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‘After Hours’ exhibition showcases University staff artwork

Brown Arts Initiative hosts sixth annual staff exhibition in Granoff, on display until Feb. 21

On the ground floor of the Perry and Marty Granoff Center for the Creative Arts, the sixth annual staff exhibition features an array of mediums including paintings, photographs, woodwork, quilts and sculptures. The exhibition, hosted by the Brown Arts Initiative, showcases the artistic talents of University staff members.

The exhibition title, “After Hours,” references the creative lives that many University staff members lead after the workday is over. “It speaks in part to this idea of the hidden work that goes on, that may not even be known by peoples’ colleagues,” said Emma Boast GS, the curator of the exhibition. Boast added that, while the exhibition does not have a single message, one takeaway “is to just appreciate the work and labor that folks do both within their day-to-day jobs and . . . outside of that.” Boast cited the complexity of staff members’ identities beyond their work at the University, which comes across in the exhibition.

“The kind of student that is attracted to Brown is a multi-dimensional person that has creative interests, and I would say that that’s true of the staff as well,” said Anne Bergeron, managing director of the Brown Arts Initiative.   

Chira DelSesto, associate director of the Brown Arts Initiative, said that the exhibition allows staff members who do not usually share their work in a professional setting to do so. “The artists are able to bring their colleagues and coworkers to come and see their work,” she said.

In some of the exhibited work, the connection between the staff member’s artistic practice and professional occupation is evident. Daniel Sperry works as a carpenter for the University’s Facilities Management. “For quite a few years I got to work with a lot of the antique furniture here at Brown,” Sperry said. His skill in woodworking is clear in the ornate pieces he contributed to the exhibition. One such piece is “Parrot Knife,” a knife with a handle in the shape of a parrot’s head made from a variety of materials. “The handle right there is an old axe handle . . . then maple burl down there, then bone, then the black is a violin peg,” he said, gesturing toward the piece as he explained the construction of the knife. While Sperry buys some of his materials, he repurposes others — for example, the violin peg in “Parrot Knife” came from his work repairing violins. Other pieces make use of marble, bronze and even the dried husk of an avocado.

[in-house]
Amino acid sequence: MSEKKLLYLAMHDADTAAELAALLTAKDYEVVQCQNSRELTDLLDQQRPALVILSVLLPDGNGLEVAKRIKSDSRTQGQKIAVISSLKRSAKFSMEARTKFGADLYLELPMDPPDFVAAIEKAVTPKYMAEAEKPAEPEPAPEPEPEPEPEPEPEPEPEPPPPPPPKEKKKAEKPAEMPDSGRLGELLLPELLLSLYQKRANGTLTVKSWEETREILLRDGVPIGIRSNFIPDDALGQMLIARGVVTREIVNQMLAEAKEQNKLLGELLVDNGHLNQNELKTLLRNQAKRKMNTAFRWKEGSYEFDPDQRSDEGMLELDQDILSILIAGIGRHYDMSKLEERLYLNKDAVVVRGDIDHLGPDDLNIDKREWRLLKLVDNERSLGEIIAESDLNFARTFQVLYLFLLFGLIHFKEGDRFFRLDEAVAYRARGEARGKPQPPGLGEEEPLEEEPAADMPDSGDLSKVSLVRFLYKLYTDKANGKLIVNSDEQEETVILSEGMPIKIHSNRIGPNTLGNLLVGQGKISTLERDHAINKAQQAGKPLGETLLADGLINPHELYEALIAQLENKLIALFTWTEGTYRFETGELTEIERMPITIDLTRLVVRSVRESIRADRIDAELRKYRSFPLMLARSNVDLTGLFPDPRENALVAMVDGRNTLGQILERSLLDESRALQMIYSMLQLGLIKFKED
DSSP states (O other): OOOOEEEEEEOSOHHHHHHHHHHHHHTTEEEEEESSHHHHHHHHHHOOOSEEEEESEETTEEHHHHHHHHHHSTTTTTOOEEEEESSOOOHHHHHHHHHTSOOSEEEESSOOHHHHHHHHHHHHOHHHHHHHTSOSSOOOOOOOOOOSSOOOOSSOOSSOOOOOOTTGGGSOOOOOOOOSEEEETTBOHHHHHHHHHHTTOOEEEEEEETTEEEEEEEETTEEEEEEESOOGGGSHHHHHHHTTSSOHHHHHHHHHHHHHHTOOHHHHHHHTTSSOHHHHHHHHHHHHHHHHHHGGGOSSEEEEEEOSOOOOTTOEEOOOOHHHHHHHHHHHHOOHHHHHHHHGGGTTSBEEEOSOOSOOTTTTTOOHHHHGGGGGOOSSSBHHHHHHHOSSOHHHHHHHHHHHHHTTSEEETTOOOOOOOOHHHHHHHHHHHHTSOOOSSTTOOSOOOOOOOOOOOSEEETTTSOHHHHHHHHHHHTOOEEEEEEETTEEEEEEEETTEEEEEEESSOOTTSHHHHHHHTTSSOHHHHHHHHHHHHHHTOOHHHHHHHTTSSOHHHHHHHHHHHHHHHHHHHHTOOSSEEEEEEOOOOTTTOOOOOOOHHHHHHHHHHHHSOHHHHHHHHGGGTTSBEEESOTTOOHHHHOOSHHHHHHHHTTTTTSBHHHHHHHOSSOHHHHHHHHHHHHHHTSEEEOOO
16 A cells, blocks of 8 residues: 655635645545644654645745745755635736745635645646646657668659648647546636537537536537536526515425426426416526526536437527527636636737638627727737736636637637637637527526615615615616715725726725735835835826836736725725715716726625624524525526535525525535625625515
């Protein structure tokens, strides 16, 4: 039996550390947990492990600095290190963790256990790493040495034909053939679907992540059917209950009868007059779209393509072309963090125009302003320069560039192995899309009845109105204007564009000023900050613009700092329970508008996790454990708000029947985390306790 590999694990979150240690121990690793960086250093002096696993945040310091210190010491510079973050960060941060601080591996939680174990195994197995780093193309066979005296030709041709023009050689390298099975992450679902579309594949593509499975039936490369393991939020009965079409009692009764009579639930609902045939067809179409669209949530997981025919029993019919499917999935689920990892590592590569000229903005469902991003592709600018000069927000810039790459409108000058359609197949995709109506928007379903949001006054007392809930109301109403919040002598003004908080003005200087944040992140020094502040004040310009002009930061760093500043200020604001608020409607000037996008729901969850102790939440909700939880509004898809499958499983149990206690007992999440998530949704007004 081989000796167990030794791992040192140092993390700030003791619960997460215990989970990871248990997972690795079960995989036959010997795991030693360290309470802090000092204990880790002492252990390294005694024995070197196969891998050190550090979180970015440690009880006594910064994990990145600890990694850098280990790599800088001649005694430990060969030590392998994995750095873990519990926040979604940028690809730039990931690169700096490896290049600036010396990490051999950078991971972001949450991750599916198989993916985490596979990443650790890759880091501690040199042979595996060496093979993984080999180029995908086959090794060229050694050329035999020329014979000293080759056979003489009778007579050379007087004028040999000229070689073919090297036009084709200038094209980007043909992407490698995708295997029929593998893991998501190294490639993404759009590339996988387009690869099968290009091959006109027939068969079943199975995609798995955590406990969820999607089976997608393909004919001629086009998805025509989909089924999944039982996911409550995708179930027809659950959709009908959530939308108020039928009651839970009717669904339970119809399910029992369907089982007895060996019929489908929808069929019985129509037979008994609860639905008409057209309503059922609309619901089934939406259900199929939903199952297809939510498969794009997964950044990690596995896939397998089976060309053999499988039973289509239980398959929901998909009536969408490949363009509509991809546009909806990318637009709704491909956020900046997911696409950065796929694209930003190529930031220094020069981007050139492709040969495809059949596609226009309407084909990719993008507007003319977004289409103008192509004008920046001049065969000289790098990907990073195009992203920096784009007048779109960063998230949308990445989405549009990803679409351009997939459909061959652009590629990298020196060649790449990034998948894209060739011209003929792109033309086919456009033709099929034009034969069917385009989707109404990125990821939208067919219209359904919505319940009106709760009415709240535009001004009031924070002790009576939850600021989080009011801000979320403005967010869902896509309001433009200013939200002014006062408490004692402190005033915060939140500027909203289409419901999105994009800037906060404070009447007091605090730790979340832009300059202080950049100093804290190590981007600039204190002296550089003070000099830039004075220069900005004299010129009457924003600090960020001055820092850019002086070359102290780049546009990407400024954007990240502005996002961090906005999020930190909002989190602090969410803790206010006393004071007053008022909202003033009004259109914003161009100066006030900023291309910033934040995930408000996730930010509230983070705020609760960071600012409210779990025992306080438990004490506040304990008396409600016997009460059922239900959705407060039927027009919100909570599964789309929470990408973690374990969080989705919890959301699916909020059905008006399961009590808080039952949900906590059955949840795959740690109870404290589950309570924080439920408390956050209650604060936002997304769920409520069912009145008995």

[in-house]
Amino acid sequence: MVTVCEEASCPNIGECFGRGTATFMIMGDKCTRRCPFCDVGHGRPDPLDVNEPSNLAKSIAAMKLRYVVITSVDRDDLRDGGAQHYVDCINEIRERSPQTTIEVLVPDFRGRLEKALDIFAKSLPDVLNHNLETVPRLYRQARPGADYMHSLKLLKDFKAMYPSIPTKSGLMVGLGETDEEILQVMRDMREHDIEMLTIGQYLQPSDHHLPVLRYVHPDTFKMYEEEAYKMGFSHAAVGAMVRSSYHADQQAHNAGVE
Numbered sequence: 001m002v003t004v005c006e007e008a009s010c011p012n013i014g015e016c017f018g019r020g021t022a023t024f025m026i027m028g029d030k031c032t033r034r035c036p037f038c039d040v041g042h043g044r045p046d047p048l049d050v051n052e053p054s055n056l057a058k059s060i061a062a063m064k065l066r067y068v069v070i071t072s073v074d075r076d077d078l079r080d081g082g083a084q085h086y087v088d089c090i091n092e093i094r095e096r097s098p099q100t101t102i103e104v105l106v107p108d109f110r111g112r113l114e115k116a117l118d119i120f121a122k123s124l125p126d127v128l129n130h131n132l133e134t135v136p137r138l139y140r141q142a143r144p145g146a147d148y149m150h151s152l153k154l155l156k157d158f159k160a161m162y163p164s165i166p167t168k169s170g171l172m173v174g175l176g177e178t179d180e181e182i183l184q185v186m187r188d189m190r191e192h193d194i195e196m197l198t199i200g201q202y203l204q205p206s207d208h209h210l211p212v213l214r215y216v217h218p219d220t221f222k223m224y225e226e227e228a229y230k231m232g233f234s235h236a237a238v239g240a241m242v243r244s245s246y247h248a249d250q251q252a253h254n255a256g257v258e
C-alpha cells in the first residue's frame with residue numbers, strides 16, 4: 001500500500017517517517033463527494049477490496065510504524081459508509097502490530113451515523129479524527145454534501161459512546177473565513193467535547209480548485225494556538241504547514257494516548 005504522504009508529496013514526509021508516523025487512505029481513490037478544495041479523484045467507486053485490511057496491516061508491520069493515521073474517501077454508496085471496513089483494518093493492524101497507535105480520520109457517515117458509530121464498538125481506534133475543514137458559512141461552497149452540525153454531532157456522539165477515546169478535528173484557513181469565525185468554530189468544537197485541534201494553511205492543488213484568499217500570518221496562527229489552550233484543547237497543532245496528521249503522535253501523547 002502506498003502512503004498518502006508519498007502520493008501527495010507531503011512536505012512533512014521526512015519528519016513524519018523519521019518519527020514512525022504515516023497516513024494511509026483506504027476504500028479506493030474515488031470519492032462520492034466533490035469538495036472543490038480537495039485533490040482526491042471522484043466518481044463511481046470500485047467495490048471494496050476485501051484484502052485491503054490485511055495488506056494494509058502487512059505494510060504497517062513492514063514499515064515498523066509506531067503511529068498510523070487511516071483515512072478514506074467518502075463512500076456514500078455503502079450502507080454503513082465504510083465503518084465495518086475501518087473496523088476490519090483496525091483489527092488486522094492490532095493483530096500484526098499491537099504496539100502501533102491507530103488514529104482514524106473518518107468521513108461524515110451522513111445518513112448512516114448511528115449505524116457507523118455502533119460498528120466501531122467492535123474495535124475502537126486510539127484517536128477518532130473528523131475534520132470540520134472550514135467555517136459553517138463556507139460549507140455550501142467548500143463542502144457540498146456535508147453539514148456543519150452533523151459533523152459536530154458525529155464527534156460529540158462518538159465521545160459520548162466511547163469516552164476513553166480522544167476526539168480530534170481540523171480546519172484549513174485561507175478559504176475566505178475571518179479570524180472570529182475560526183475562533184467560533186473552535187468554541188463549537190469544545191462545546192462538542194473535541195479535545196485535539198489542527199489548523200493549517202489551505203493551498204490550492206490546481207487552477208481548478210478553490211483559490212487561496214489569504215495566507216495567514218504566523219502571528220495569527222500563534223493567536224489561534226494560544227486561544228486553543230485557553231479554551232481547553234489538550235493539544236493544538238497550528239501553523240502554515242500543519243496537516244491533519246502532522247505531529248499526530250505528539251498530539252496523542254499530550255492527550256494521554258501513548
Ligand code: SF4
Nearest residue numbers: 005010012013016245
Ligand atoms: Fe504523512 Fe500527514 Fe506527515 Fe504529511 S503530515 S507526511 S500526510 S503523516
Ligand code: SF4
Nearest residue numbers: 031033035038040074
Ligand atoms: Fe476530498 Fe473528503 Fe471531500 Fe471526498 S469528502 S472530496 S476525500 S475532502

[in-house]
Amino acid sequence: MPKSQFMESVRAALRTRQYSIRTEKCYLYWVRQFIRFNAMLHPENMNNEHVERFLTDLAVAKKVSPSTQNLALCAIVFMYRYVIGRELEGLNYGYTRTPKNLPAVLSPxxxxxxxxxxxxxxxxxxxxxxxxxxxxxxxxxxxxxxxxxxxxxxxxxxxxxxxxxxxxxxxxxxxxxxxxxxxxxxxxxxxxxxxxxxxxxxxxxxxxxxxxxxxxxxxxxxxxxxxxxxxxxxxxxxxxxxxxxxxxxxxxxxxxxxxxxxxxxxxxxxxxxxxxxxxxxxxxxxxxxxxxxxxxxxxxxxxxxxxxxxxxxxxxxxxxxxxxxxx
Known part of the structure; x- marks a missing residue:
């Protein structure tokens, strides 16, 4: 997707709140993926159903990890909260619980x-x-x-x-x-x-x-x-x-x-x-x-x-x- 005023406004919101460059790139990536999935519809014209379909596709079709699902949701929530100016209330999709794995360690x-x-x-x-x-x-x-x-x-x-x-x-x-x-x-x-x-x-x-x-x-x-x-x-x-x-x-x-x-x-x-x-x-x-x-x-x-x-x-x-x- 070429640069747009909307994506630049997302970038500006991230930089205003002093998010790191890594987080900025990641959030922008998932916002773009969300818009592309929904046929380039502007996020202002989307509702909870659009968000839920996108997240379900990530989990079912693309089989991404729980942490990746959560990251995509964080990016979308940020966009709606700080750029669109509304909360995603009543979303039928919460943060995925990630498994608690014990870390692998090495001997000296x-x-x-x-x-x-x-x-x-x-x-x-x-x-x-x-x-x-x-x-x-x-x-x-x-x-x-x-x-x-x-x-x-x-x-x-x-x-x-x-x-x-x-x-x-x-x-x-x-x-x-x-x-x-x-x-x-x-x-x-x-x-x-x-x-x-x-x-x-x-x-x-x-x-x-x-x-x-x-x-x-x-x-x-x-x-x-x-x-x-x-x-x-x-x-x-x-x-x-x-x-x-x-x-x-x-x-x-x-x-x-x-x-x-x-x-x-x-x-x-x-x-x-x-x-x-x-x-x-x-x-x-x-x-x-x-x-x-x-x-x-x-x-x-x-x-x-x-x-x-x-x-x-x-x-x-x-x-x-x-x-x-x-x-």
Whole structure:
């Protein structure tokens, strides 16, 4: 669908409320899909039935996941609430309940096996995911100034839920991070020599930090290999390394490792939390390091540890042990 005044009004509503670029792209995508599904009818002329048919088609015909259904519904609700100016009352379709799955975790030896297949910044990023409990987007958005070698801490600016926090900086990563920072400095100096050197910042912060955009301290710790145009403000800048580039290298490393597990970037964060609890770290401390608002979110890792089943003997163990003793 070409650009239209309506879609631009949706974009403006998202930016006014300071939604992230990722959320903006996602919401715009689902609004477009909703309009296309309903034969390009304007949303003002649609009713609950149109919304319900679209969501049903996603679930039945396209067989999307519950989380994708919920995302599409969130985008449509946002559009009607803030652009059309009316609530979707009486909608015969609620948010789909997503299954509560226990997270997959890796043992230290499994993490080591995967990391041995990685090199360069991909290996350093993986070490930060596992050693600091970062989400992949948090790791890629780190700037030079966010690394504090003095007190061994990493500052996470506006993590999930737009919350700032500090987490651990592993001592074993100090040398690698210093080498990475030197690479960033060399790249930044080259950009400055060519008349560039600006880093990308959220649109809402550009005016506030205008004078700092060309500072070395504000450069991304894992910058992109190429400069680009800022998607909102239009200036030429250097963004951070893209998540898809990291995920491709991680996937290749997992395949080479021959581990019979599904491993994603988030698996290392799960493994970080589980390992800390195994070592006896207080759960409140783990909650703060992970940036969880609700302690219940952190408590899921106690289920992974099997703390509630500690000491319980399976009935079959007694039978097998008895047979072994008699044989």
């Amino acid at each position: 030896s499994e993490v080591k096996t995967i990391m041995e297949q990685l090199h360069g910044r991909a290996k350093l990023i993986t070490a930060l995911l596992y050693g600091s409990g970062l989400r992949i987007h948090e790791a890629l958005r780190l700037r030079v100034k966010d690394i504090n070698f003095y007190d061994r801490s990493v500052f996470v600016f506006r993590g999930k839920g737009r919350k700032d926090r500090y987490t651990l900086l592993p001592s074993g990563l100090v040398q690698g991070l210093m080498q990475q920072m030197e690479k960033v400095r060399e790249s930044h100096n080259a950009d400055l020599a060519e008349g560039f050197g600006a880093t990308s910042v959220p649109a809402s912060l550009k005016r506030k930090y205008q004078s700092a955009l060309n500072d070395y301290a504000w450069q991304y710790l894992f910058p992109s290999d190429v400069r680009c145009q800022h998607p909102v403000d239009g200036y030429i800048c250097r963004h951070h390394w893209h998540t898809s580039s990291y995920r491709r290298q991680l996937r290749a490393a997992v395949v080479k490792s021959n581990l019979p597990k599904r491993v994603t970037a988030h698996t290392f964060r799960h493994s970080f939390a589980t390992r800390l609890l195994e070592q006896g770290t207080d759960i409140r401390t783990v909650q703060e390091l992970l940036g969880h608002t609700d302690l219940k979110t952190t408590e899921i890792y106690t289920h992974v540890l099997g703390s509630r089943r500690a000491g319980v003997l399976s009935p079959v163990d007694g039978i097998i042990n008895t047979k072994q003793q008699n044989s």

In other displayed pieces, the staff member’s occupation is not directly reflected in their artwork. Desirae Mix, assistant director of Student and Employee Accessibility Services, saw an advertisement for the exhibition and was inspired to revive and submit a project she began several years ago. Three pieces from the series “Cult Movie Icons” appear in the gallery, each showing the stylized face of a character from films like Kill Bill: Volume One and The Rocky Horror Picture Show. “I think movies are an easy talking point to get some students out of their shell,” Mix said, explaining that she likes to use her art to help find common ground with other people, especially at work.

Although she has used mediums like acrylic and canvas in other series, Mix’s distinctive style comes in part from her materials. “If I want to do something, I want to make sure I can do it with items that are readily available in my desk,” Mix said. She created the “Cult Movie Icons” series using only permanent marker and mechanical pencil. “I’m a big fan of street art, particularly stencil style,” Mix said, citing her admiration for the street art of Florentine artist Tiana Kai. She also mentioned influences closer to home, adding that seeing the murals in Providence every day inspired her to return to her own work.

Other work in the gallery includes sculpture, photography, painting and multimedia art forms. While the exhibition has featured live music in past years, it typically attracts visual art, DelSesto said. And while the gallery setting does set limits on the kinds of art that can be featured, the exhibition seeks to encompass as much as possible. “I think generally we would be open to any creative practice that a staff member has. We would certainly at least want to have a conversation to see what’s possible,” she said.

The “After Hours” staff exhibition will be on display in Granoff through Feb. 21, closing with a public reception that evening.


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